APIA, Samoa (Reuters) – Oliver Fagalilo takes a labored breath and tenses his body before a sharp steel comb, dipped in ink, drives into his skin.
Six hands keep his body still and his skin taut as a Samoan artist works on the traditional tattoo that will cover more than half of Fagalilo’s body. It takes 35 hours over seven days to complete.
“Yeah, I’m going good, just trying to breathe, but it’s quite hard to breathe,” said Fagalilo, his uncle cradling his head.
“Just trying to push through. Trying to focus. Keep focus,” he added.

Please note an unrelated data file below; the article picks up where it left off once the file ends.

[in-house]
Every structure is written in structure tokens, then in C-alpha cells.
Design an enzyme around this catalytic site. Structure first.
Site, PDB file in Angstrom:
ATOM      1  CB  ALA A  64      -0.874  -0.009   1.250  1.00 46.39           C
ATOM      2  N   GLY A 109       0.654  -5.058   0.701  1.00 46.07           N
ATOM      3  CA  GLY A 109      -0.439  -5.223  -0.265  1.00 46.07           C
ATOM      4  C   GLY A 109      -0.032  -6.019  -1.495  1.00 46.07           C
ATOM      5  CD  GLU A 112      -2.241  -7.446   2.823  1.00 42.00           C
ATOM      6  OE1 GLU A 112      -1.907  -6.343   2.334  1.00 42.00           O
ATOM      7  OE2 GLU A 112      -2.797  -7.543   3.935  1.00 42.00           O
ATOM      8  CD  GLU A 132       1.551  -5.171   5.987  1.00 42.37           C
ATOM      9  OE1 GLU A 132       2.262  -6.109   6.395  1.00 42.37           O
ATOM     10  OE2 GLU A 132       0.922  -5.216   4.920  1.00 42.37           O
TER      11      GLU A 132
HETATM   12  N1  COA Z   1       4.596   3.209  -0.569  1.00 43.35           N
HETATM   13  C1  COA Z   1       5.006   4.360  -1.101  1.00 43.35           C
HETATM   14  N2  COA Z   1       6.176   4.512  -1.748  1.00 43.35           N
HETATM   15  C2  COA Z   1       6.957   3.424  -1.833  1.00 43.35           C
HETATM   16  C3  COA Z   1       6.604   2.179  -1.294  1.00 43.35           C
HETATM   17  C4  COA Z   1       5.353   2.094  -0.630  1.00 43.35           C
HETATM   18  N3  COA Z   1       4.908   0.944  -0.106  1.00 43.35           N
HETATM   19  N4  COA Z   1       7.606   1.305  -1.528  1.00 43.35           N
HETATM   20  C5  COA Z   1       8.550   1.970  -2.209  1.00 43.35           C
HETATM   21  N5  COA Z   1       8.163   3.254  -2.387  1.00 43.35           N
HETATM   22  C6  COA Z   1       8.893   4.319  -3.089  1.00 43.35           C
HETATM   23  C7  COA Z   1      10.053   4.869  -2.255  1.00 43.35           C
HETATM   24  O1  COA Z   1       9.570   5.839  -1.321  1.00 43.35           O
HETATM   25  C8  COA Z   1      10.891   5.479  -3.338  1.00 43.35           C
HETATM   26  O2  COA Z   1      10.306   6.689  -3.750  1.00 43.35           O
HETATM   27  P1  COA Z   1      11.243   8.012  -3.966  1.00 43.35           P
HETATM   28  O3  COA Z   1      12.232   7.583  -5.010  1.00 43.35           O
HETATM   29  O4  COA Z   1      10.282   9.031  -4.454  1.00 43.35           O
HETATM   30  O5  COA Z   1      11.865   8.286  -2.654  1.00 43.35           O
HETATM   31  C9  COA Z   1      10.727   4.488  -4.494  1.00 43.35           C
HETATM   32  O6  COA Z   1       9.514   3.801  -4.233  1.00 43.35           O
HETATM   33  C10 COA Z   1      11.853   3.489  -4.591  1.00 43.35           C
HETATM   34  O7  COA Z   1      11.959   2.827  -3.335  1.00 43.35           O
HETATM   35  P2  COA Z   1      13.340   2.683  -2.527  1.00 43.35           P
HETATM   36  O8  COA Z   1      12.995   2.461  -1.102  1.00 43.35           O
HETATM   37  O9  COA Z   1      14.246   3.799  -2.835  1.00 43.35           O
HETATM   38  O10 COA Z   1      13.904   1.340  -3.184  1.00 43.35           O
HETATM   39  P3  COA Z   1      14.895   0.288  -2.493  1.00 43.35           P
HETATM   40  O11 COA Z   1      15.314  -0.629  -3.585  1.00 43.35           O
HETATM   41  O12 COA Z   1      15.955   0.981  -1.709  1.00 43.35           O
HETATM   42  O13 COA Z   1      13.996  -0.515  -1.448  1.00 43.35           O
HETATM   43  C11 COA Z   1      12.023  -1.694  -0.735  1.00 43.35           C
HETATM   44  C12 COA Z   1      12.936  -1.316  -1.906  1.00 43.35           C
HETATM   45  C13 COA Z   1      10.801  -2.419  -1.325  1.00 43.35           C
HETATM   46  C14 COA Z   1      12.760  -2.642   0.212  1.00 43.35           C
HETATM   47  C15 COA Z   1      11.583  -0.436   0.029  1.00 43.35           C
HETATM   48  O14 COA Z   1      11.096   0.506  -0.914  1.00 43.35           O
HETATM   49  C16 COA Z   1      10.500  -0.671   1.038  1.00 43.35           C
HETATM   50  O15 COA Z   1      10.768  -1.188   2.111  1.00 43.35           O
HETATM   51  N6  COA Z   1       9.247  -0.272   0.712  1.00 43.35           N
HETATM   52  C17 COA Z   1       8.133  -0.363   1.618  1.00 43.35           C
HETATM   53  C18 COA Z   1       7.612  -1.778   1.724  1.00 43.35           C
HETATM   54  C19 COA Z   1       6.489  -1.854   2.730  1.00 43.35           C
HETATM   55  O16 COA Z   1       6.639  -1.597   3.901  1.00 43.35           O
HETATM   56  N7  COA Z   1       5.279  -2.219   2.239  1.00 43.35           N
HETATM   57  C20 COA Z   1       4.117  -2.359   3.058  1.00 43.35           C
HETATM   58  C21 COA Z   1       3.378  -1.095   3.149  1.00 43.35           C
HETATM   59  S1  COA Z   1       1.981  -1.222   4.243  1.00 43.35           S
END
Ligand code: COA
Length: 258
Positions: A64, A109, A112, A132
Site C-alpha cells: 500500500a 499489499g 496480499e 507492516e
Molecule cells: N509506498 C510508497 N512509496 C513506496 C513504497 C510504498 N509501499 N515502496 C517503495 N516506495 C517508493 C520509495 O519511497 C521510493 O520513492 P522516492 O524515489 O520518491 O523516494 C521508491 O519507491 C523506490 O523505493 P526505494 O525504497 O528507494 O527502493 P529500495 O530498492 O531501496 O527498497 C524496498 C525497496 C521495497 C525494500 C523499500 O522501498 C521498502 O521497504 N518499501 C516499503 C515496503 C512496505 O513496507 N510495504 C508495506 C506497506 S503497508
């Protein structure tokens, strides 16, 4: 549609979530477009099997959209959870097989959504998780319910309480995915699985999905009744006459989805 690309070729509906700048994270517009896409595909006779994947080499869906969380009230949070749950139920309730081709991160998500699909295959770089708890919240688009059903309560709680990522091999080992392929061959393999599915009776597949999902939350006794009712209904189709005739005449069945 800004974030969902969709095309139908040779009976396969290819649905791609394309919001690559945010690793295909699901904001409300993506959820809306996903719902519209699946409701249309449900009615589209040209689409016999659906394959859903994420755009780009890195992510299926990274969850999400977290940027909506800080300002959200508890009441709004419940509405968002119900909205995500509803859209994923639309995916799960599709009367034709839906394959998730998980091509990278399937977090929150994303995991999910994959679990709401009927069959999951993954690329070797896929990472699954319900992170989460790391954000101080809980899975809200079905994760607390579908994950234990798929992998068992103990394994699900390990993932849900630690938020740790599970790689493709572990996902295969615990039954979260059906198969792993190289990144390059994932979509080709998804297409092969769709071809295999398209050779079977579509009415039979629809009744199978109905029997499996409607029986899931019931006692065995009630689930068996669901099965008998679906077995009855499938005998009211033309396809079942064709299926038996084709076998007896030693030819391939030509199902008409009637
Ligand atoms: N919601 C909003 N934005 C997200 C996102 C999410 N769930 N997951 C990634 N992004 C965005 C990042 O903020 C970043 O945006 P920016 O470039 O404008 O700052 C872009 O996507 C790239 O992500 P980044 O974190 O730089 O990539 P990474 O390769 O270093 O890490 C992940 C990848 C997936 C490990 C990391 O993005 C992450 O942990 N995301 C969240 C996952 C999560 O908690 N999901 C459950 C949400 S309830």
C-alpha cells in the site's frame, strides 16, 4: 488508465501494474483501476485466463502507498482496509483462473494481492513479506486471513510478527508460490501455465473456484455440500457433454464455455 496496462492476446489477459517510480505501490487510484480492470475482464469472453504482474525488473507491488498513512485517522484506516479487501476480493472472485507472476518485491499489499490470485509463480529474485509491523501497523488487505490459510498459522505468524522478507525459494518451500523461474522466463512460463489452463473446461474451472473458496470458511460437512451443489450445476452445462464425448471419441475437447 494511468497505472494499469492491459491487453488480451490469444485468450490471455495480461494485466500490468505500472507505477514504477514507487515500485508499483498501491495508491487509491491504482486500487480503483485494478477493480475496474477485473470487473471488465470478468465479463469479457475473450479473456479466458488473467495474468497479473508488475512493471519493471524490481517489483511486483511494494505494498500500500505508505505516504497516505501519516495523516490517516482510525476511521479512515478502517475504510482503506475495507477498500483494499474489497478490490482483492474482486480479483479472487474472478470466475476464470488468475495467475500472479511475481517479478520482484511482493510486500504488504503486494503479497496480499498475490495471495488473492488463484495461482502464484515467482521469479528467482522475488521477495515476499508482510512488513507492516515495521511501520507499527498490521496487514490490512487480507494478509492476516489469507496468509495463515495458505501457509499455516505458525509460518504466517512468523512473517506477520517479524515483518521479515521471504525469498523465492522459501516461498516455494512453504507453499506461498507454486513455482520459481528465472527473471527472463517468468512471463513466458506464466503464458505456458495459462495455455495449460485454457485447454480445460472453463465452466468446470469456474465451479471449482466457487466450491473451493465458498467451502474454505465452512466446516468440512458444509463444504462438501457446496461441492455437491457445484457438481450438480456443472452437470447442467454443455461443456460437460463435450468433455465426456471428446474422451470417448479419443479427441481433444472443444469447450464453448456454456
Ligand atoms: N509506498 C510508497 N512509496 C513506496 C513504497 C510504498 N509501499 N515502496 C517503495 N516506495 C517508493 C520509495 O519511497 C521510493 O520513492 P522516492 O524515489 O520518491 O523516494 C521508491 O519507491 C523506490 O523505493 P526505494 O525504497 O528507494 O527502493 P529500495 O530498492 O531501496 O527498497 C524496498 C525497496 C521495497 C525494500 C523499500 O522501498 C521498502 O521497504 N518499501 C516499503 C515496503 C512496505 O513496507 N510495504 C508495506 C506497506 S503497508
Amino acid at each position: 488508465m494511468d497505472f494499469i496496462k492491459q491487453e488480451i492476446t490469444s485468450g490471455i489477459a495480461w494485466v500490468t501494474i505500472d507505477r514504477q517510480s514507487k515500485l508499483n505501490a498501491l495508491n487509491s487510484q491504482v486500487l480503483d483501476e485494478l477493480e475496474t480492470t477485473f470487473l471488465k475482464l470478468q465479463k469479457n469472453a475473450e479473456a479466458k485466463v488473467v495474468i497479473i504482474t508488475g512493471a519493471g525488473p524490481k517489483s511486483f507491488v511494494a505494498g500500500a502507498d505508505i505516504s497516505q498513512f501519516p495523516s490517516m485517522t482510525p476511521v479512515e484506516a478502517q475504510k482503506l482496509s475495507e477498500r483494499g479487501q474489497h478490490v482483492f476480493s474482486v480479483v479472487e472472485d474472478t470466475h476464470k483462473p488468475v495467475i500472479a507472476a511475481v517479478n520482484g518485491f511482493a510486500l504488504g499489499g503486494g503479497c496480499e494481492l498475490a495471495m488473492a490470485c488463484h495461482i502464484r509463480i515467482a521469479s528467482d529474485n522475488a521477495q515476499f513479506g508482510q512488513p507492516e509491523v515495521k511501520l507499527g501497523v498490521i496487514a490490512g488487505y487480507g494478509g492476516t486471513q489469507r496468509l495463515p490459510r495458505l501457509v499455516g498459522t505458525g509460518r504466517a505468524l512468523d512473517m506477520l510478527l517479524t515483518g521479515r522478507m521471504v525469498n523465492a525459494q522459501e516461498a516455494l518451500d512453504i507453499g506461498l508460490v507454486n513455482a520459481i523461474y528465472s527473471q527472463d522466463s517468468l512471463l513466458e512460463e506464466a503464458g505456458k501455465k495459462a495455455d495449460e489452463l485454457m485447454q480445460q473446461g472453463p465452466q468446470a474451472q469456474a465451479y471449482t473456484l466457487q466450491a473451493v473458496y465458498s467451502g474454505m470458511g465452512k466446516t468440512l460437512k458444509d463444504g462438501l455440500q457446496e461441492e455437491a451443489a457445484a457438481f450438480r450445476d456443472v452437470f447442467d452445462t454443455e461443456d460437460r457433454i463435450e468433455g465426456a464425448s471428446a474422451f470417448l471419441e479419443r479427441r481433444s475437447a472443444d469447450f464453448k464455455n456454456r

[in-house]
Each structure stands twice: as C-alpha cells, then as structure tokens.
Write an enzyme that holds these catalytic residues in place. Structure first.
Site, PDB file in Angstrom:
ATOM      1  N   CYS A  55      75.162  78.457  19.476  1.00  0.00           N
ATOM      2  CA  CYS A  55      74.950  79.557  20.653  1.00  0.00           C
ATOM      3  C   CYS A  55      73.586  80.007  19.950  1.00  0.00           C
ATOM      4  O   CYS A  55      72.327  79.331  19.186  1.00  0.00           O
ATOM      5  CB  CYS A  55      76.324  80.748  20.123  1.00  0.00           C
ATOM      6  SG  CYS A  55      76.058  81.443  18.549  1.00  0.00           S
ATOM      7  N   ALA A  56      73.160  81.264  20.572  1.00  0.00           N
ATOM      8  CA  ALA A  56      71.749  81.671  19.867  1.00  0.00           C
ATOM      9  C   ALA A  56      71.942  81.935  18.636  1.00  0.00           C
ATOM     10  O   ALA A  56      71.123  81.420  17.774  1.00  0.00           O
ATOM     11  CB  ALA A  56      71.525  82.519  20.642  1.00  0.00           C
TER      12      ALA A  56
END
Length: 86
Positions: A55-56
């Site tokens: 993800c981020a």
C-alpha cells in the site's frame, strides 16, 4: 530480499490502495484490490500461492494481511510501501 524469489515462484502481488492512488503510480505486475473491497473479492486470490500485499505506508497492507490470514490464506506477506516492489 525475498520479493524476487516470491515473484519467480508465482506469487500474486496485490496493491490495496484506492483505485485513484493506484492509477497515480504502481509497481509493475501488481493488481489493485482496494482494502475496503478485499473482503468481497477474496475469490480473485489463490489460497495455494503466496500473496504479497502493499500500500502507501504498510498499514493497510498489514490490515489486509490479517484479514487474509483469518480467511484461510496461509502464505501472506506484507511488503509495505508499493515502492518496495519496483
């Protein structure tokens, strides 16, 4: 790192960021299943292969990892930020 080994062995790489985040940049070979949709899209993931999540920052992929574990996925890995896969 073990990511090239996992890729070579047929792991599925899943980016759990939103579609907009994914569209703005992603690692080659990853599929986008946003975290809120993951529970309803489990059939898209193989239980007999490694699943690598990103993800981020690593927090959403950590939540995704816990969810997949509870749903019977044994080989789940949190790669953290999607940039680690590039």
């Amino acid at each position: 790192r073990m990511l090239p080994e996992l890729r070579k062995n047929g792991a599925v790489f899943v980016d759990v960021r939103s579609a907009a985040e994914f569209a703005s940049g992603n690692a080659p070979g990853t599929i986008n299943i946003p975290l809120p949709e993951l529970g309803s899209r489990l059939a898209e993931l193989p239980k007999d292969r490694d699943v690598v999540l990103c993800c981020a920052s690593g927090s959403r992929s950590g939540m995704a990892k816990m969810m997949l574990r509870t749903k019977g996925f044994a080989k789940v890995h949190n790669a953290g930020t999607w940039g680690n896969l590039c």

Dating back centuries, the Samoan “tatau”, from which the word tattoo is said to originate, is regarded as a right of passage for many Samoans.
Now a resident of New Zealand, Fagalilo, 39, and his sister Sharlene, 34 and living in Australia, returned to the Samoan capital of Apia to get their tattoos together, supported by their extended family.
The male tattoo, or pe’a, starts at the torso, covers the front and back, and…
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